Companies, especially the large ones, in India are not new to social responsibility. For ages, the top companies, the Tatas and the Birlas, have been spending on social causes, long before it became mandatory. Primarily driven by ethics and value of the promoters, philanthropy was not uncommon in India Inc. The good thing about the CSR Act was it gave a structure to social spending and made even small and medium companies think about their social obligations, something they would have put off for another day.
Once, the shift happens to a more regulatory and compliant mode; companies will bite the bullet and merely adhere to the norms. They will prefer to go for the lowest hanging fruit, rather than pushing the envelope. I envisage, more cheques will then be written off for the PM Relief Fund, rather than funding a social entrepreneur, as it takes time and effort, in addition to money.
Let's not forget, India is the first and only country in the world to have mandatory CSR. Academicians in the top universities across the globe study not only the contours of the Act but also the impact it has on the ground. In such a scenario, would transforming a social vision and objective into a regulative piece be a right approach?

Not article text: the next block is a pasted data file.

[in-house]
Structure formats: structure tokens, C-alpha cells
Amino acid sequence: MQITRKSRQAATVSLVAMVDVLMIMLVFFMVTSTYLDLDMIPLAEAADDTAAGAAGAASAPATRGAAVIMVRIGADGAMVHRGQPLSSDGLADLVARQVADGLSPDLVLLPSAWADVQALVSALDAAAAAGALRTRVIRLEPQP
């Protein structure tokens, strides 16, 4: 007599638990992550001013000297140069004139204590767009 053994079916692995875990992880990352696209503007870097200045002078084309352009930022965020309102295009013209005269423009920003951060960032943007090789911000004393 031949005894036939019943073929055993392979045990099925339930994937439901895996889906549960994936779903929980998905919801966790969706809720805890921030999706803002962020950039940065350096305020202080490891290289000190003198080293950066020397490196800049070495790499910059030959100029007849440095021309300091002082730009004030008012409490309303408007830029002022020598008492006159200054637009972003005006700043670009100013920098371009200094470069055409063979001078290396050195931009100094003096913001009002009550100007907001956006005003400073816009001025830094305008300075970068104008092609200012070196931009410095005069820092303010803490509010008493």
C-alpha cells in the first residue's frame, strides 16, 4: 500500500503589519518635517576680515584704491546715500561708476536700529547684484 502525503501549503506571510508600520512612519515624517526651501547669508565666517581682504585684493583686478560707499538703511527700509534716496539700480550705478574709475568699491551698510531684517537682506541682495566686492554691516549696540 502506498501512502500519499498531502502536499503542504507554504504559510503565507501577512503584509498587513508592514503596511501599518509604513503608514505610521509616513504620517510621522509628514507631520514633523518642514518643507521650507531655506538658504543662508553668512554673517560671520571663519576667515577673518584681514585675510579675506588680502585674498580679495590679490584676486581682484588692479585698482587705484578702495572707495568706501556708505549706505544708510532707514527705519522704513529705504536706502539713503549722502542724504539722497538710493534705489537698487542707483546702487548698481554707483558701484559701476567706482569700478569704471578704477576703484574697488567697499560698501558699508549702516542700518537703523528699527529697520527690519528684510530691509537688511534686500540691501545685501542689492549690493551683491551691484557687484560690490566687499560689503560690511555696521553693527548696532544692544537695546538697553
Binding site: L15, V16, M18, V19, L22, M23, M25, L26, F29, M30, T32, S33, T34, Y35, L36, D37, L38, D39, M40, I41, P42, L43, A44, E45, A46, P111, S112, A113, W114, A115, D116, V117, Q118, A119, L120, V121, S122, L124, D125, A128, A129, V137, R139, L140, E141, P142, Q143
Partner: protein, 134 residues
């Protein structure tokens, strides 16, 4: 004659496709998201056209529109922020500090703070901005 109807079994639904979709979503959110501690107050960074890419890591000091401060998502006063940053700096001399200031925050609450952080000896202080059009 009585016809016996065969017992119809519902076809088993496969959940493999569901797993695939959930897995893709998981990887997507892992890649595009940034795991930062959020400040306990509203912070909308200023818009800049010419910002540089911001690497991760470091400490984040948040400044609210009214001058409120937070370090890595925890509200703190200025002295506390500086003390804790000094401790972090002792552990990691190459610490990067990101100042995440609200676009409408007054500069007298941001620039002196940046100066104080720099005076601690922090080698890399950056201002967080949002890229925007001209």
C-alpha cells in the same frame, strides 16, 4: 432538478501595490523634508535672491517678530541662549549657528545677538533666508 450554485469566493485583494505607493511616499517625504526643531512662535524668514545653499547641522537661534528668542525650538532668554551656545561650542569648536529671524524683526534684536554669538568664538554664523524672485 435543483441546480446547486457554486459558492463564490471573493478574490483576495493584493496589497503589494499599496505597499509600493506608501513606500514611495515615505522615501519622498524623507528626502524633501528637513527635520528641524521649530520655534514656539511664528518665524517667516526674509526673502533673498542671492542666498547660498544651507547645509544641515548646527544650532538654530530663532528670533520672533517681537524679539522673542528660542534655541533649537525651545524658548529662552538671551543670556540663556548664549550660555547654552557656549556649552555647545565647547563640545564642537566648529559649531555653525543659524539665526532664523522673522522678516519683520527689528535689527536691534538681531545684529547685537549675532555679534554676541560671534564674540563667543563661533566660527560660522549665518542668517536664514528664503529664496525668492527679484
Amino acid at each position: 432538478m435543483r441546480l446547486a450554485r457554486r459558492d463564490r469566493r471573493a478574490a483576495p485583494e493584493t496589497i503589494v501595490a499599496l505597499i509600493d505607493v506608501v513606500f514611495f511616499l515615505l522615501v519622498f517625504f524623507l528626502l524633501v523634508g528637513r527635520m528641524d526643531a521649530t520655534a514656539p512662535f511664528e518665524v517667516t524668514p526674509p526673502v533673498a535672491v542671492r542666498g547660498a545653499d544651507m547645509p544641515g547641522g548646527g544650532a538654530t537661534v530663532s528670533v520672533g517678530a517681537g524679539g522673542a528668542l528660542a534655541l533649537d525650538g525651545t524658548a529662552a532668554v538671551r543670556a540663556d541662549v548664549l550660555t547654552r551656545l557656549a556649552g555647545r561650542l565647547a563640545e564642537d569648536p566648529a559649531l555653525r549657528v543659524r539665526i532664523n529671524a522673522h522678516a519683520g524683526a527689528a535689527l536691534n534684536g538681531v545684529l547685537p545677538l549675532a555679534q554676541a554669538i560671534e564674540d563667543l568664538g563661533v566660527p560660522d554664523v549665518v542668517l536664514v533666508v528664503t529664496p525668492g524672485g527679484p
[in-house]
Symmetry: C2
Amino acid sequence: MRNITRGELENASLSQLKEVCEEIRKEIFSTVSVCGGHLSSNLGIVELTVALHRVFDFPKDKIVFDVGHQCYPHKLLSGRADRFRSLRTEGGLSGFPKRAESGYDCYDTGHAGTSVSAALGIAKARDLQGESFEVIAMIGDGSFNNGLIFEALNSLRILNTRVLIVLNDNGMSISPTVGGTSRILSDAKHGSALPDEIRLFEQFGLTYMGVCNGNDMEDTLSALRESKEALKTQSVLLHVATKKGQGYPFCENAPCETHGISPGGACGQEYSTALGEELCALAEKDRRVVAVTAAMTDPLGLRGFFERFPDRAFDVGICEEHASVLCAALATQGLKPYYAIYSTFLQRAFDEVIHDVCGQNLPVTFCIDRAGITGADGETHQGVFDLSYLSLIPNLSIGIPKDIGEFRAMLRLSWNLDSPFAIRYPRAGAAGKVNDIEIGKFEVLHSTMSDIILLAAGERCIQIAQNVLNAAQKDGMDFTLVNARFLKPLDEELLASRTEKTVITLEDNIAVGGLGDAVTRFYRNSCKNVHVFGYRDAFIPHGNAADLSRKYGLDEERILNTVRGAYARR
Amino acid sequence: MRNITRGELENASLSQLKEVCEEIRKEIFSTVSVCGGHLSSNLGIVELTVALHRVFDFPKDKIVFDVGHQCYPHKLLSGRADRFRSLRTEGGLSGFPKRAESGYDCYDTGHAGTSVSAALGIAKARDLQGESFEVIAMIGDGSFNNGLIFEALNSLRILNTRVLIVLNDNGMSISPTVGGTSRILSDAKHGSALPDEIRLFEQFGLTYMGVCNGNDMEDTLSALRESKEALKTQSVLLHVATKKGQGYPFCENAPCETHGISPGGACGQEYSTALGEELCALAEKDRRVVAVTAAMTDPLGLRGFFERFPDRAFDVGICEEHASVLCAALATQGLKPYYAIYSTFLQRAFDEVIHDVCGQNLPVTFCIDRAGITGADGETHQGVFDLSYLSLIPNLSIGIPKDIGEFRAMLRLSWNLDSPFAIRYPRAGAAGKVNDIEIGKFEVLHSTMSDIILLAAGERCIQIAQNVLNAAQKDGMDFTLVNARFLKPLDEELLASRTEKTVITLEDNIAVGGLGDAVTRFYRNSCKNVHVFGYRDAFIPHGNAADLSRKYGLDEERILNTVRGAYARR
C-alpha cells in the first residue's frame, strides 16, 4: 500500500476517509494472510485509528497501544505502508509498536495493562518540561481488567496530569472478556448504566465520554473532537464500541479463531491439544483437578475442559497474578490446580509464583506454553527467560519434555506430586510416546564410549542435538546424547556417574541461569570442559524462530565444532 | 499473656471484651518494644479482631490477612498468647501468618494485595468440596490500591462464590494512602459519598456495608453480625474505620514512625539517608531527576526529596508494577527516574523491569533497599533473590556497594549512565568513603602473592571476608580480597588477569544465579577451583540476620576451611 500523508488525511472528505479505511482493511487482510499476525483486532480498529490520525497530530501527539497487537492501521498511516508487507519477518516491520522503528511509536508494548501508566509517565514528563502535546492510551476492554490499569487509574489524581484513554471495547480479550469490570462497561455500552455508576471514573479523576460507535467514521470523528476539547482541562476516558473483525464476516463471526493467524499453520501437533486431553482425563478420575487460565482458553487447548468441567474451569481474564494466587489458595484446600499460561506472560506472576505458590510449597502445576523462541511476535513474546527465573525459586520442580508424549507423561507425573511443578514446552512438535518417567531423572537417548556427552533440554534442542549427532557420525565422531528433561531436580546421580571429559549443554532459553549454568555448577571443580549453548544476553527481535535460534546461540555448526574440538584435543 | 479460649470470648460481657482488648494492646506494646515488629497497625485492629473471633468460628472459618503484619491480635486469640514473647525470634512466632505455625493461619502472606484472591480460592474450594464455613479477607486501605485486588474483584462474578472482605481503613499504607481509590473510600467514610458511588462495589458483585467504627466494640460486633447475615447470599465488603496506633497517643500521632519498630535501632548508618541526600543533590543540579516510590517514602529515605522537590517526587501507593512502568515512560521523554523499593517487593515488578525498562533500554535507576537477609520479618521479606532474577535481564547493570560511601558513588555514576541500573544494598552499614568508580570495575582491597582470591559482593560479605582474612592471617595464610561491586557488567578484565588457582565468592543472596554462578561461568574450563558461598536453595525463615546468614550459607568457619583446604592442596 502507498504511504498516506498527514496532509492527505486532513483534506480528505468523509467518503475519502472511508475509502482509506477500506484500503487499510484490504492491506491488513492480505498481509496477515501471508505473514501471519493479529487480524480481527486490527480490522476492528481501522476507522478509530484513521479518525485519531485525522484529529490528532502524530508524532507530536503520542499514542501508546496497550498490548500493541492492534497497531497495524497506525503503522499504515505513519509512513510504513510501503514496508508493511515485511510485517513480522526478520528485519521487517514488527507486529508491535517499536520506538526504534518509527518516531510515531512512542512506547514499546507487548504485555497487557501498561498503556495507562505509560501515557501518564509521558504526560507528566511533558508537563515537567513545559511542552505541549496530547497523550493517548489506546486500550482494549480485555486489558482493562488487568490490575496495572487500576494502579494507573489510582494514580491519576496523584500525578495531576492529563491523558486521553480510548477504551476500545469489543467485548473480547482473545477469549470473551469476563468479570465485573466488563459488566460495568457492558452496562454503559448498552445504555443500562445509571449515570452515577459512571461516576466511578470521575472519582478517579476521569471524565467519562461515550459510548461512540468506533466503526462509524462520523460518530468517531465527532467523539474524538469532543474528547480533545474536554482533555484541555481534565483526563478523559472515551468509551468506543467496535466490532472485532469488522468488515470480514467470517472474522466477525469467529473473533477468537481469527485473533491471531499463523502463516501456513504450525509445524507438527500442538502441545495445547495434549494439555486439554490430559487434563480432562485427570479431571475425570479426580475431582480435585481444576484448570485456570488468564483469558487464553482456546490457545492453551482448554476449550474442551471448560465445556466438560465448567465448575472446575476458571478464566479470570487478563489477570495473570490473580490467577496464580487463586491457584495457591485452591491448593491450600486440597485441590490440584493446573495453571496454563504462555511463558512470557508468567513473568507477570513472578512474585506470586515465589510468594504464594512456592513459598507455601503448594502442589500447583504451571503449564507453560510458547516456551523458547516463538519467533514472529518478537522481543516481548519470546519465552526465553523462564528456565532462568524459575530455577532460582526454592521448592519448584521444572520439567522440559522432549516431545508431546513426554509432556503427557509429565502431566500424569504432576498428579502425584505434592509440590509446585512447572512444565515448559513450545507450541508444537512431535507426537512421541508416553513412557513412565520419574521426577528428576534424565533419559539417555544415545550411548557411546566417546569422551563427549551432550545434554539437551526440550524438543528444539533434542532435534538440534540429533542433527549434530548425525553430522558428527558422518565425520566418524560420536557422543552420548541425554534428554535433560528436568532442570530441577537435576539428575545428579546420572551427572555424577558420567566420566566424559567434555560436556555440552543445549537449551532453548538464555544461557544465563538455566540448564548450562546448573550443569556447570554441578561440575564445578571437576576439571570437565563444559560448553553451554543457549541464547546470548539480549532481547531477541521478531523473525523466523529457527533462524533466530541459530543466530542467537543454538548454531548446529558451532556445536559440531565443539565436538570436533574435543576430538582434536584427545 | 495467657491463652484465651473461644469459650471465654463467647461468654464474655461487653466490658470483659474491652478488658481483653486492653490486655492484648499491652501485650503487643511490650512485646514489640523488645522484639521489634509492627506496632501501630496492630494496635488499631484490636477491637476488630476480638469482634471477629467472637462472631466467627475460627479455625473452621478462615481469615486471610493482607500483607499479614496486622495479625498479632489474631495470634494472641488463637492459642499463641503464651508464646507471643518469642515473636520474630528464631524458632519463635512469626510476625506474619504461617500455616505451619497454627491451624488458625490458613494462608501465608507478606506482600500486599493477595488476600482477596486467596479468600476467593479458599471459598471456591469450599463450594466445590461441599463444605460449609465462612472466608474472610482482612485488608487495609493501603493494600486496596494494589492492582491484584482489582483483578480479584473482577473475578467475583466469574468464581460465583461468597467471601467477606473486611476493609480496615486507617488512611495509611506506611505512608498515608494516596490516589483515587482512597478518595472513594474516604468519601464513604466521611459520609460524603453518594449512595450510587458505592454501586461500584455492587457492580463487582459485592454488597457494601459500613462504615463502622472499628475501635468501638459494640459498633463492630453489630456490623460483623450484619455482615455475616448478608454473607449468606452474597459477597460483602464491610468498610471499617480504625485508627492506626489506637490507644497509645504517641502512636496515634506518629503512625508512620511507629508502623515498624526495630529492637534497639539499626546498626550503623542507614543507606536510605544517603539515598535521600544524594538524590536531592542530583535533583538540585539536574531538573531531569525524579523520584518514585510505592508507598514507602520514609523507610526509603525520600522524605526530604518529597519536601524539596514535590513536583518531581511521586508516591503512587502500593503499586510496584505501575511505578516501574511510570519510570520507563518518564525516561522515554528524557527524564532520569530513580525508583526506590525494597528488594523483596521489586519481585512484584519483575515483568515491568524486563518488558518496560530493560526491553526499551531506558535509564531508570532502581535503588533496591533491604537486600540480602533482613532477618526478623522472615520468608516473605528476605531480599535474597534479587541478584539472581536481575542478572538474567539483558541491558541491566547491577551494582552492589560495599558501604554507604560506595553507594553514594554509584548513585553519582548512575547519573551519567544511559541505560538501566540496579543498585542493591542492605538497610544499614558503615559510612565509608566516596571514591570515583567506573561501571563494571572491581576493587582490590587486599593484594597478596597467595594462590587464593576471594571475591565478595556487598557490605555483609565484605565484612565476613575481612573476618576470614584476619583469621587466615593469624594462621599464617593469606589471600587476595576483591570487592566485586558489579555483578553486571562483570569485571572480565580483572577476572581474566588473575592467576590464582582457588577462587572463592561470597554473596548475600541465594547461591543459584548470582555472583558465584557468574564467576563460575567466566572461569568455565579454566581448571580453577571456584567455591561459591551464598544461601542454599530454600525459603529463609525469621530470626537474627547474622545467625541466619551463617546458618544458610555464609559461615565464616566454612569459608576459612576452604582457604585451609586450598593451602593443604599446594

Impel might have been good in the start, compel is undoubtedly not. While, we all vouch for greater transparency and structure, in the end, corporates must be inspired to think out-of-the-box. For instance, promoting and funding social entrepreneurs can do much more for our society than just writing cheques to fulfil the prescribed spend. Sometimes, carrots are indeed better than sticks.
Shashwat DC is Features Editor at CNBC-TV18. He is closet-activist for sustainability and CSR, when not pondering over the future of humanity or contemplating the launch of the new Android phone.
Disclosure: RIL, the promoter of Reliance Jio, also controls Network18, the parent company of CNBCTV18.com.